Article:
Fried Green Tomatoes, Two Ways
I never thought in a million years I would ever make these. I’m so glad I did, but reason why I gave it a second thought was due to a bit of a garden tragedy.
Once upon a time I had three large, fruit-laden tomato plants growing by my porch.
Then a mole/gopher/vole/underground critter decided it would be funny to chew off the main stalk about 3 inches from the ground, completely severing the plants from their roots.
Suddenly I had 50+ green tomatoes that I had no idea what to do with. (Until they ripen, of course)
My first thought was fried green tomatoes. Seriously, what else can you do with these? A lot, apparently, after googling for recipes. I was curious about fried green tomatoes, so I went ahead and made them. Good thing because they were much better than I imagined.
Biting into a green tomato isn’t a very pleasant experience. Once they’re cooked, though, they take on a bright, tangy flavor that I thought would go well with the sweetness of caramelized onions. I’m so glad I thought to pair these two together because it was an absolutely deliciouscombination. Steve even asked me, “are you gonna post this?” Which means he really thinks I should.
If you have ever shied away from caramelized onions because you don’t like raw onions, then you’re missing out on something special. Onions, in my opinion, are the vegetable kingdom’s greatest magicians. It always blows me away how something so pungent as a raw onion can transform itself into something that tastes as sweet as jam — with no sugar required. I read on a blog once that caramelized onions are to vegetarians what bacon is to an omnivore. Spot. On.
Fried Green Tomatoes with Caramelized Onions
1 lb green tomatoes, sliced into 1/4-inch rounds
2/3 cup buttermilk
2/3 cup cornmeal or self-rising flour
big pinches of salt and pepper
for the onions:
2 large white sweet onions, halved, then sliced
2 T butter
big pinch of salt
The onions take a while so get them started first. In a large, lidded skillet melt butter over medium-high heat. Add sliced onion and salt. Cook, stirring, until onions begin to soften, about 5 minutes. Reduce heat to medium-low, cover, and cook for about 30 minutes. Stir every 10 minutes or so, and if they begin to scorch, lower the heat. By the time they’re finished, they should be medium brown in color (you could even cook them longer until they’re a caramel color) and reduced considerably. Transfer onions to a bowl. You can store them in the fridge in an airtight container for a few days. Just warm the onions when you want to use them.
Meanwhile, lay the tomatoes out on a cookie sheet and sprinkle with salt. Let them rest for about 15 minutes, then blot excess moisture from both side of tomatoes with a paper towel. Place the buttermilk in a shallow bowl. In a separate shallow bowl, place the cornmeal and a couple big pinches of salt and pepper. Dunk each tomato in the buttermilk, shaking off the excess, then coat both sides in cornmeal.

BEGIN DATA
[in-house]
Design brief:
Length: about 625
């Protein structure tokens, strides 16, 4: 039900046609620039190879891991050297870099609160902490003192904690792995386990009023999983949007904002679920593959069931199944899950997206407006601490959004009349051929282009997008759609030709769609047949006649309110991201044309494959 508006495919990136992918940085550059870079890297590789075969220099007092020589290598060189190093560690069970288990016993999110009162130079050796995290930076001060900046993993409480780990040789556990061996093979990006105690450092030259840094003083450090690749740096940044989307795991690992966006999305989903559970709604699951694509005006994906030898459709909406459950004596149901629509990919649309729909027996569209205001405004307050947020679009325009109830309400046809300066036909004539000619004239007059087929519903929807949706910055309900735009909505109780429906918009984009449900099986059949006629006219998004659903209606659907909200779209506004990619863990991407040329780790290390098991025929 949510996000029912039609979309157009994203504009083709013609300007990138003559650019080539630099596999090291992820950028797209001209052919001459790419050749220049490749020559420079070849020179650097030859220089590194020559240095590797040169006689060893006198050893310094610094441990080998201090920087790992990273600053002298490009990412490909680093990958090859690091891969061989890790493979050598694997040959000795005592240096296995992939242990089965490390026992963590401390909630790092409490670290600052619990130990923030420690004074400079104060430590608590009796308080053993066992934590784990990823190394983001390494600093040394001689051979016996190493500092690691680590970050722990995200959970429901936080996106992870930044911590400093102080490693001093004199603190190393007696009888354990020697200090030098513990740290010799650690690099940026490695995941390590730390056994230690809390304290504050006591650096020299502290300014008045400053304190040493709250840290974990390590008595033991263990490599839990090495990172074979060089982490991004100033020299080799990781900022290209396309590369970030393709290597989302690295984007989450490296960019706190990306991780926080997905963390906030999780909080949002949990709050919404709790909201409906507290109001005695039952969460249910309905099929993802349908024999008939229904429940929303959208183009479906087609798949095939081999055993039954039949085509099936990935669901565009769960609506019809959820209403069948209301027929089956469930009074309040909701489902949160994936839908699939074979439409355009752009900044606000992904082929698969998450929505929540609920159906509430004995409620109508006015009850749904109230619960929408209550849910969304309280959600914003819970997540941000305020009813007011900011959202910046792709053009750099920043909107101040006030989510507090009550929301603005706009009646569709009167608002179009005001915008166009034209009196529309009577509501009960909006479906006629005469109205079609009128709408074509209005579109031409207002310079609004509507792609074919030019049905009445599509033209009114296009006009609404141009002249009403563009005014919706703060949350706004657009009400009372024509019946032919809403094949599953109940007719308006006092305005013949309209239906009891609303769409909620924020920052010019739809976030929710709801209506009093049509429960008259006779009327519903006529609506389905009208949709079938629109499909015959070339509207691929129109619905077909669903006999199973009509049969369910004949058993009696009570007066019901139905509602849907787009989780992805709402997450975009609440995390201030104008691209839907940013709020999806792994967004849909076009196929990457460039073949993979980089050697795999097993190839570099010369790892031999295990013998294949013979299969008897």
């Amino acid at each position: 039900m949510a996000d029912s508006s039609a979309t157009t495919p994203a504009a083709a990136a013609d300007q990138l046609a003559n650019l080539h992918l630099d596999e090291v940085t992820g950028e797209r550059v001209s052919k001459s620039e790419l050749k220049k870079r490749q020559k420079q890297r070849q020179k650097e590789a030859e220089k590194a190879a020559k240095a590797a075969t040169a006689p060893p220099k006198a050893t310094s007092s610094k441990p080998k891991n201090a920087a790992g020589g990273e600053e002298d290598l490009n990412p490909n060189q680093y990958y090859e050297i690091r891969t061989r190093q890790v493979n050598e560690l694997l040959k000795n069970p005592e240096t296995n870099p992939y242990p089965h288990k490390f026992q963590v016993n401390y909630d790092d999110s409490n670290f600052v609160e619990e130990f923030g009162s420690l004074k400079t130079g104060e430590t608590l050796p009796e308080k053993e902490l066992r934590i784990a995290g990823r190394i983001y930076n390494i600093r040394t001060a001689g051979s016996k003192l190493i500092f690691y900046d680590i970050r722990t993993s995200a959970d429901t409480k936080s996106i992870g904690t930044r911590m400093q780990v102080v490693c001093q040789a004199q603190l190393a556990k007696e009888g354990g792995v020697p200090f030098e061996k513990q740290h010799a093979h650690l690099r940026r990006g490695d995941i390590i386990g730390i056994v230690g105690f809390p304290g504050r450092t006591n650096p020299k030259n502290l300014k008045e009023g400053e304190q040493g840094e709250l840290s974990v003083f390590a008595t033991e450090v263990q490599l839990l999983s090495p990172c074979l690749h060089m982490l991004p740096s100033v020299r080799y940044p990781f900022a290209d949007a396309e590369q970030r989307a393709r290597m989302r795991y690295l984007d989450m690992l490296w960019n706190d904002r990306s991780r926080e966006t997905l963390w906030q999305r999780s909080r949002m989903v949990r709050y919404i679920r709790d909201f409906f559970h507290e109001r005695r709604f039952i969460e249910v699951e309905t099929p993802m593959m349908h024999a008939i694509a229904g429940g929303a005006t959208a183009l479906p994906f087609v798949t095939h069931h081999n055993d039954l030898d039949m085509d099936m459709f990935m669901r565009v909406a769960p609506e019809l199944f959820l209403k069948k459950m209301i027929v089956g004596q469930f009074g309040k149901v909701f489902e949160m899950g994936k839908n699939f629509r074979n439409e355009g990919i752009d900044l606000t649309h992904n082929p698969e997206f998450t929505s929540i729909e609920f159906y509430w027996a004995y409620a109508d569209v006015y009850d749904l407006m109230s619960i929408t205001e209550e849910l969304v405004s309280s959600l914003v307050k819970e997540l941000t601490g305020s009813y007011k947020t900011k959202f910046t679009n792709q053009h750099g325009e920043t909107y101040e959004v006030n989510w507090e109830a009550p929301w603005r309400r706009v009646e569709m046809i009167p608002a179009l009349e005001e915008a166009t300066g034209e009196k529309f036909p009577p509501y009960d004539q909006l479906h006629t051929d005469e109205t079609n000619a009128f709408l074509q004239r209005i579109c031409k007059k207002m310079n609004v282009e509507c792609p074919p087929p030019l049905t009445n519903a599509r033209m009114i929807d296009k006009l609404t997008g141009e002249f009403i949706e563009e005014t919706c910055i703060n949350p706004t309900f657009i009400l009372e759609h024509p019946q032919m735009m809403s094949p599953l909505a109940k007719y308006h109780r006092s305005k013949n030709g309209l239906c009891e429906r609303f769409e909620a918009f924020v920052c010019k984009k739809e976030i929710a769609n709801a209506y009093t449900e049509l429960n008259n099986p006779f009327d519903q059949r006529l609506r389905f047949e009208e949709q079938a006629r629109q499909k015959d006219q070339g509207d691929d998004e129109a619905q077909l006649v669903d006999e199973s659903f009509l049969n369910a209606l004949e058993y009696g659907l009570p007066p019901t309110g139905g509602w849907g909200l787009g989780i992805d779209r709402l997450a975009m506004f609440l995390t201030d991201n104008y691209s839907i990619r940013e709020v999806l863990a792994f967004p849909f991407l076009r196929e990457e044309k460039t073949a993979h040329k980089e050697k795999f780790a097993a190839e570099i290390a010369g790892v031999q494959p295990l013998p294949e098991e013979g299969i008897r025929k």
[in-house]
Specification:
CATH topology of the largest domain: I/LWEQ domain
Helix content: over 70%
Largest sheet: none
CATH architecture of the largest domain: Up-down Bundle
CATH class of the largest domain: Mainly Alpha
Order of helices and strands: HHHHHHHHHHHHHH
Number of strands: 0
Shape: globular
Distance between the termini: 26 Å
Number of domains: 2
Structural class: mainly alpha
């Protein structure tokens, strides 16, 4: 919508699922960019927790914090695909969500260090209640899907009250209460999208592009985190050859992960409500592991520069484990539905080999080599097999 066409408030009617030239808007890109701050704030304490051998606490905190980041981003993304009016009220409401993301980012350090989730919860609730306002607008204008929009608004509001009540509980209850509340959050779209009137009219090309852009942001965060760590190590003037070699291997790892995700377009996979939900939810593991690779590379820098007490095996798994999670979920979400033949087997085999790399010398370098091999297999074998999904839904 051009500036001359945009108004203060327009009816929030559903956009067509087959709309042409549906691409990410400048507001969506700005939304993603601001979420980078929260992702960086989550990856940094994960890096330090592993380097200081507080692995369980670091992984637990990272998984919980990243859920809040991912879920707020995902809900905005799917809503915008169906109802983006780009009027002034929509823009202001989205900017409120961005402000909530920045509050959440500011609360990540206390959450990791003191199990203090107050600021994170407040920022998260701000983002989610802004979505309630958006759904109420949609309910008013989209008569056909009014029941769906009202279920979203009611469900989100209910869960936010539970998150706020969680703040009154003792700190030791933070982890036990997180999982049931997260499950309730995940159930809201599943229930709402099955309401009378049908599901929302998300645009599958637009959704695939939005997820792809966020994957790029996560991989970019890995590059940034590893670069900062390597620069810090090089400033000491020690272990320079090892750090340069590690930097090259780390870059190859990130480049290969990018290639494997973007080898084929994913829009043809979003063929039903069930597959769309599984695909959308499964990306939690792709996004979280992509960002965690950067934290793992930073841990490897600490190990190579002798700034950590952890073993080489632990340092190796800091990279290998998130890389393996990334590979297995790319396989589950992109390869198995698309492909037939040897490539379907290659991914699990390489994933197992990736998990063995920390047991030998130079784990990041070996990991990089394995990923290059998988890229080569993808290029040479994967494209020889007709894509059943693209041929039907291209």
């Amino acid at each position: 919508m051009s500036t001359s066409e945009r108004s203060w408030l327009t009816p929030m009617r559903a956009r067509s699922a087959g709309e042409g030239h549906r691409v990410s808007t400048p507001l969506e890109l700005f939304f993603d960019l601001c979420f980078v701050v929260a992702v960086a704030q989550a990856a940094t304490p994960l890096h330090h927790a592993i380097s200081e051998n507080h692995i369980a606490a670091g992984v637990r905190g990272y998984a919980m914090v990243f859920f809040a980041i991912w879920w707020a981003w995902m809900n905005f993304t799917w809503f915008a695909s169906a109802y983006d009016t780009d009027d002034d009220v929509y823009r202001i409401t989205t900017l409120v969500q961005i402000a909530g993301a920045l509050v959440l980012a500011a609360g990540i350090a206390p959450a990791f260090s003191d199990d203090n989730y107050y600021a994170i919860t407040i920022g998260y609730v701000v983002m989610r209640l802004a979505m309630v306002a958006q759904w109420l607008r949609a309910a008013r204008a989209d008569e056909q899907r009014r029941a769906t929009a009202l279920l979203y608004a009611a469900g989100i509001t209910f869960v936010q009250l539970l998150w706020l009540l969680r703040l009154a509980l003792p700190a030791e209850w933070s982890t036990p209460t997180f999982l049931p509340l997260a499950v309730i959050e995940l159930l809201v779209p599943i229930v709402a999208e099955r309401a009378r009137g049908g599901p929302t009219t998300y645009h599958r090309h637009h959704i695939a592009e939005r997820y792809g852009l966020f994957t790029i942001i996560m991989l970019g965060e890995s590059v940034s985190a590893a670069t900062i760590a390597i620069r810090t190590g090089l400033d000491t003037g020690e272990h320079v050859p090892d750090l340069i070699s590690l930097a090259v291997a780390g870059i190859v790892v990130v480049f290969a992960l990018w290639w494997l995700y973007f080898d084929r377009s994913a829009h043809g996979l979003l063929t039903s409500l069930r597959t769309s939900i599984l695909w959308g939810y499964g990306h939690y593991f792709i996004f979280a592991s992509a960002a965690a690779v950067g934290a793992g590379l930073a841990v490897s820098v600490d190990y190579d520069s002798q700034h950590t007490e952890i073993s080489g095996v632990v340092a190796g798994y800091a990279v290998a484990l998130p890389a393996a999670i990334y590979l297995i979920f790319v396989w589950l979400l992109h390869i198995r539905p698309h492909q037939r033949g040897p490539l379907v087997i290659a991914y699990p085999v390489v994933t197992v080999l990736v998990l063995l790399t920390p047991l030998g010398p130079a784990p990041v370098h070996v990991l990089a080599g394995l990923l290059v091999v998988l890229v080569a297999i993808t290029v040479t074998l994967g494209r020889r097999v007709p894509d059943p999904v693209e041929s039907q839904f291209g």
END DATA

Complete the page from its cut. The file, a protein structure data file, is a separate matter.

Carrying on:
Heat about 1/2-inch of oil to about 350 degrees in a medium skillet over medium high heat. (If you don’t have a thermometer, stick the end of a wooden spoon in the oil. If it bubbles almost instantly, then the oil is ready.) Working in batches, place breaded tomato slices into oil and fry for about 5-8 minutes, turning once, until both sides are golden brown. Transfer to a plate lined with paper towels or a cooling rack to drain off excess oil. (These are best eaten warm and fresh, but will keep in the fridge for about 2 days. Put them on a cookie sheet and warm them in a 350 oven when you’re ready to use them.)
Serve tomatoes with onions.
Makes about 4 servings.
Variation: Fried Green Tomatoes on Polenta rounds with Bacon, Peppers, and Onions
1 recipe Fried Green Tomatoes (above, minus the caramelized onions)
3 cups low-sodium chicken or vegetable broth
1 cup coarse uncooked polenta
1 tsp salt
2 T butter
1 medium onion, diced
1 bell pepper, diced
6 slices of uncooked bacon, halved
2 T minced fresh chives
To make the polenta, bring chicken broth to boiling in a medium saucepan. Add the salt, then slowly pour in the polenta while whisking. Continue to whisk as the polenta thickens, about 5 minutes. Reduce heat to low, add butter and let polenta cook for an additional 5 minutes or so until cooked through and butter is melted. Spread polenta into a small rimmed cookie sheet or roasting pan. Refrigerate for an hour or so until it’s solid. TIP: This can be done up to 2 days in advance.
Cook bacon in a medium skillet over medium heat until fat has rendered and bacon is crisp. Transfer bacon to a plate and set aside. Add diced peppers and onions to bacon drippings and cook until tender and onions begin to brown. Remove with a slotted spoon and place in a bowl.
When you’re ready to assemble appetizers, remove polenta from the fridge. Using a 2 or 3-inch round cookie/biscuit cutter, cut as many rounds as you can out of the polenta. (Alternately, you can make them square so you don’t have bits leftover.) Place rounds on a baking sheet and place under the broiler for 3-4 minutes until they’re warmed up.
To assemble, place the warm polenta rounds on a platter. Top each with 2 or 3 fried green tomatoes (depending on size), a spoonful of peppers and onions, and a piece of bacon. Sprinkle with chives.
Makes about 8 appetizers with some leftover tomatoes.